Got a TV Licence?

You need one to watch live TV on any channel or device, and BBC programmes on iPlayer. It’s the law.

Find out more
I don’t have a TV Licence.


  1. Bank votes 6-2 to hold interest rates
  2. Bank downgrades UK growth forecast to 1.7%
  3. Bosses' fall in pay 'limited and late'
  4. Next store sales fall but online shopping up

Live Reporting

By Dearbail Jordan

All times stated are UK

Get involved

  1. Good night

    Test card F

    That's it for a busy Thursday.

    Business Live will be back on Friday at 6.00am - we look forward to you joining us for all the breaking business news.

  2. Viacom sales and profits rise

    One last company result for the day.

    Viacom, which owns MTV, Comedy Central and Paramount, has reported a rise in revenue to $3.36bn from $3.11bn for the quarter to the end of June.

    Profit grew to $683m from $432m.

  3. Dow Jones closes at record high

    US stock market

    The Dow Jones Industrial Average has closed at a record high of 22,024.19 after rising by 7.95 points.

    The S&P 500 finished down 5.48 points at 2,472.09.

    The Nasdaq ended Thursday down 22.30 points at 6,340.34.

  4. Elon Musk's next race

    Nevermind Tesla's Model 3 sedan. Elon Musk's other business SpaceX is looking towards an altogether different frontier...

    View more on twitter
  5. Toyota 'may buy stake in Mazda'


    Reports emerging out of Japan suggest that Toyota may take a 5% stake in rival Mazda, according to the Nikkei newspaper.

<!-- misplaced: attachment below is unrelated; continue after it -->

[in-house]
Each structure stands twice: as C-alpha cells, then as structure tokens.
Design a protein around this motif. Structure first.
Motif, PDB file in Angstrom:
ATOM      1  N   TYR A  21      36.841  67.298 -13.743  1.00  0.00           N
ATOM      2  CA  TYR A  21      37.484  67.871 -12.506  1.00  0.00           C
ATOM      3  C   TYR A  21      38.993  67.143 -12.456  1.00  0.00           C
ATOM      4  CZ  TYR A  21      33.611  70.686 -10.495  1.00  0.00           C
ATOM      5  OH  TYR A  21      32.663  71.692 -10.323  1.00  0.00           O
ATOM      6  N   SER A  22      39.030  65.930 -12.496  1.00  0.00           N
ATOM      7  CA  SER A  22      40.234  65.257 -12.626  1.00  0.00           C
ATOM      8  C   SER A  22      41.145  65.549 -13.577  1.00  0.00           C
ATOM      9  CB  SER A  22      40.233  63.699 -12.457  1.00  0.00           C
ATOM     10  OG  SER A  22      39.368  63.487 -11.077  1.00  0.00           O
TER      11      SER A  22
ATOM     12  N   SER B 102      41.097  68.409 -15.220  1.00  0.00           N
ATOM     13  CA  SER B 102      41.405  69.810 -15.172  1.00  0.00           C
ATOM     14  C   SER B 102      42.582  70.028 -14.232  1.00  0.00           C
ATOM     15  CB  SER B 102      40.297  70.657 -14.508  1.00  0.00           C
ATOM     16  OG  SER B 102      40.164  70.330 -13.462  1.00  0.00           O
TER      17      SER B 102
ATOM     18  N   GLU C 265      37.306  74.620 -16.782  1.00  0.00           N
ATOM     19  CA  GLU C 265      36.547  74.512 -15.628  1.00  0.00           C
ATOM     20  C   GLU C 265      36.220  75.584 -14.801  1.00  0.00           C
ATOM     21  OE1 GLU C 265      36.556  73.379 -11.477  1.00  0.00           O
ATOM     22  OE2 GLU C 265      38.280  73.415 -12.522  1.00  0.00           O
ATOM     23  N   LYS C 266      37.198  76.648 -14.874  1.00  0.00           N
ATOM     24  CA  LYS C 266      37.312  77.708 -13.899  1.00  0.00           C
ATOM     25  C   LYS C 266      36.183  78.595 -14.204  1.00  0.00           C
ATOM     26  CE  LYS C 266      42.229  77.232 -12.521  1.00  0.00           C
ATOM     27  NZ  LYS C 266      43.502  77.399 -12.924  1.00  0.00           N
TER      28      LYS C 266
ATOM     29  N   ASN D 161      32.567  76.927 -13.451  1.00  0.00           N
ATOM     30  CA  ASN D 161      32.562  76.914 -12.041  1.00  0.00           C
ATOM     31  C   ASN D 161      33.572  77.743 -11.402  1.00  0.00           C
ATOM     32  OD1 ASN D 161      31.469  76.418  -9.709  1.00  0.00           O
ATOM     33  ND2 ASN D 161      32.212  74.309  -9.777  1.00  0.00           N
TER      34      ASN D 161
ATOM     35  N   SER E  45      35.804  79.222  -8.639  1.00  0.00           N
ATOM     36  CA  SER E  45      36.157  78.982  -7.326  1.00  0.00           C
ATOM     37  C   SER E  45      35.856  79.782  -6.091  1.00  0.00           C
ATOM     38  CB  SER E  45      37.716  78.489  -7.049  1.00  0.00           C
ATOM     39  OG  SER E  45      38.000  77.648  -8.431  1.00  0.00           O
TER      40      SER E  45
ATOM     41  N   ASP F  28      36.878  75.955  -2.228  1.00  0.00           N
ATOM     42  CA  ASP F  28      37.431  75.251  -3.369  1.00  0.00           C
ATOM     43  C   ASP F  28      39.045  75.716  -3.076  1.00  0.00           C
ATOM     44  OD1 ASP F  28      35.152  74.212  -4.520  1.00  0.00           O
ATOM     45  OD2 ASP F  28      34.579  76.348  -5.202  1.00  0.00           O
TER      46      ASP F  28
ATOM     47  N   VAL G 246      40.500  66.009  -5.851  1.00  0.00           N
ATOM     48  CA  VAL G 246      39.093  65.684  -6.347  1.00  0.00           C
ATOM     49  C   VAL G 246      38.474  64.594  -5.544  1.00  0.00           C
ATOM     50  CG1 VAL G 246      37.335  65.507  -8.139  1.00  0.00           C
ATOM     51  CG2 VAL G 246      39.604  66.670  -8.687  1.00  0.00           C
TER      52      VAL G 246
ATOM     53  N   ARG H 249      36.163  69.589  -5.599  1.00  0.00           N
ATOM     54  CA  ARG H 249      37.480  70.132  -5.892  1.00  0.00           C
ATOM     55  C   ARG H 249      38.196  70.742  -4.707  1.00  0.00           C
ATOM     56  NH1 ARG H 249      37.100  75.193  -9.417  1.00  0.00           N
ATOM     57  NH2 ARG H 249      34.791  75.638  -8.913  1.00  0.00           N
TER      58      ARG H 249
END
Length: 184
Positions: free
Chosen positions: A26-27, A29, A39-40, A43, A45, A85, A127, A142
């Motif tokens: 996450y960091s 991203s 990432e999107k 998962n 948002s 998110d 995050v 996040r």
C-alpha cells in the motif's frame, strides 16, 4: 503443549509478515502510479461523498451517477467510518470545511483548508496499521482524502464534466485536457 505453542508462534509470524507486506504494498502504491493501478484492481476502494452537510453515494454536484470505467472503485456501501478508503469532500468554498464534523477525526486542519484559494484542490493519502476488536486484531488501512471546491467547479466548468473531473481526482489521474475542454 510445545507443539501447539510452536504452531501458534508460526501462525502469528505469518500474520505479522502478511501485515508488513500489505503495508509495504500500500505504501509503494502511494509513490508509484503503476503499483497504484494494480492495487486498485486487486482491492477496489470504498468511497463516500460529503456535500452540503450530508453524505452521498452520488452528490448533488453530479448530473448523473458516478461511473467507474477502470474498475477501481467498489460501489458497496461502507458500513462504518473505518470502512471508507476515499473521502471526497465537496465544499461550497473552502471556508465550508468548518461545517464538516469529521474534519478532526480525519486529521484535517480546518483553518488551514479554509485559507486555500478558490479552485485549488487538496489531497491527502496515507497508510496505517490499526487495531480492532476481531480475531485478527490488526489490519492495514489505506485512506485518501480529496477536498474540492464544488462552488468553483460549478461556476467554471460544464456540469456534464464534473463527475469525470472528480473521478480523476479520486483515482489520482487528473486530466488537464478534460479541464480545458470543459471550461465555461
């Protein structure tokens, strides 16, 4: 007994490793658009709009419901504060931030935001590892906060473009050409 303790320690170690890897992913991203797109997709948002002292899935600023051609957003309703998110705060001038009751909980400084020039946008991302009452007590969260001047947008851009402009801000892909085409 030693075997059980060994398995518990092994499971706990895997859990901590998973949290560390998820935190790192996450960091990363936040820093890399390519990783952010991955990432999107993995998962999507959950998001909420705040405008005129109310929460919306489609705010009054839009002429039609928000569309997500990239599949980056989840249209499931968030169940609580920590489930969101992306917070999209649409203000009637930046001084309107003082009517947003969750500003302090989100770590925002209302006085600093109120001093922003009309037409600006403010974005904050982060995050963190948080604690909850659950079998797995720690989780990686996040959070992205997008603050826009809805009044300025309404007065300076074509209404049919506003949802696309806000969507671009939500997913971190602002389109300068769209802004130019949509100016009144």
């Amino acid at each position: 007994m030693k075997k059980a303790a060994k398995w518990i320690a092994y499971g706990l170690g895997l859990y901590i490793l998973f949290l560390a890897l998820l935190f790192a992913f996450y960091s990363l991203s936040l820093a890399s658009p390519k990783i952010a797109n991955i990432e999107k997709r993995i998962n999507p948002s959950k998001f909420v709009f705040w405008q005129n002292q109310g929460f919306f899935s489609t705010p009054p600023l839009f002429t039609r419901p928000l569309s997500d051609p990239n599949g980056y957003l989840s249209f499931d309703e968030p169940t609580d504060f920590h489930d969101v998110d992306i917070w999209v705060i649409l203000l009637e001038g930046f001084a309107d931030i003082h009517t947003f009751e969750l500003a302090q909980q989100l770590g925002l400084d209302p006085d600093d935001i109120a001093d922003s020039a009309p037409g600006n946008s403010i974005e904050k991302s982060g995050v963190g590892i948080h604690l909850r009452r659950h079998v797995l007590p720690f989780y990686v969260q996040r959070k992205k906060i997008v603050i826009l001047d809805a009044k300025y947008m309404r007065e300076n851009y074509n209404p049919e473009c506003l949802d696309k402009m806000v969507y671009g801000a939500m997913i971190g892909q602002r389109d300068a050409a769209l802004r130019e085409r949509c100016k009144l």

Toyota and Mazda are already planning to build a factory together. In a response to the newspaper, Toyota said the two businesses have been exploring collaborations under a 2015 agreement.

    It said: "We intend to submit a proposal to our board of directors today regarding the partnership with Mazda, however, we would like to refrain from providing further comment at this time."

  6. Sotheby's shares slide on falling profit


    Sotheby's shares fell sharply on Thursday after reporting a slide in second quarter profits.

    The auctioneer said income fell 14% to $76.9m despite a 5% rise in revenue to $314.9m.

    Shares in the company fell by 7.68% to $51.48.

  7. America's 'Goldilocks' economy

    What do analysts make of the US stock markets' performance?

    Phil Blancato, chief executive of Ladenburg Thalmann Asset Management, has an interesting point of view.

    "Earnings are supporting this market and consumers are supporting it from a macroeconomic standpoint.

    "This is a Goldilocks economy, good enough to push the market higher, no bubbles in sight."

  8. Tesla shares jump on electric future

    Tesla Model 3

    Investors sent shares in US electric car-maker Tesla up by 6.72% to $347.80 following better than expected second quarter results.

    The figures, which were announced on Wednesday night after the stock markets closed, fueled hopes that the company's new Model 3 car will prove a hit with drivers.

    Tesla, which was $3bn in cash, said it has received around 1,800 reservations per day for the sedan since its launch last week.

  9. Cyber-security hero arrested

    Marcus Hutchins

    The British cyber-security researcher who was praised for stalling the worldwide WannaCry cyber-attack has been arrested in Las Vegas.

    The NHS was among organisations in more than 100 countries affected by the ransomware, which struck in 12 May.

    Marcus Hutchins, 23, (pictured) was thrust into the limelight after he stopped the malware from spreading.

    Read the developing story here.

  10. Oil prices slide

    Oil is trading down on Thursday.

    Brent crude is off 0.3% at $52.20 a barrel and West Texas Intermediate is down 0.8% at $49.18.

    Gene McGillian, director of market research at Tradition Energy, said: "The market needs continuing signs of improvement in the inventory picture to really drive the prices higher."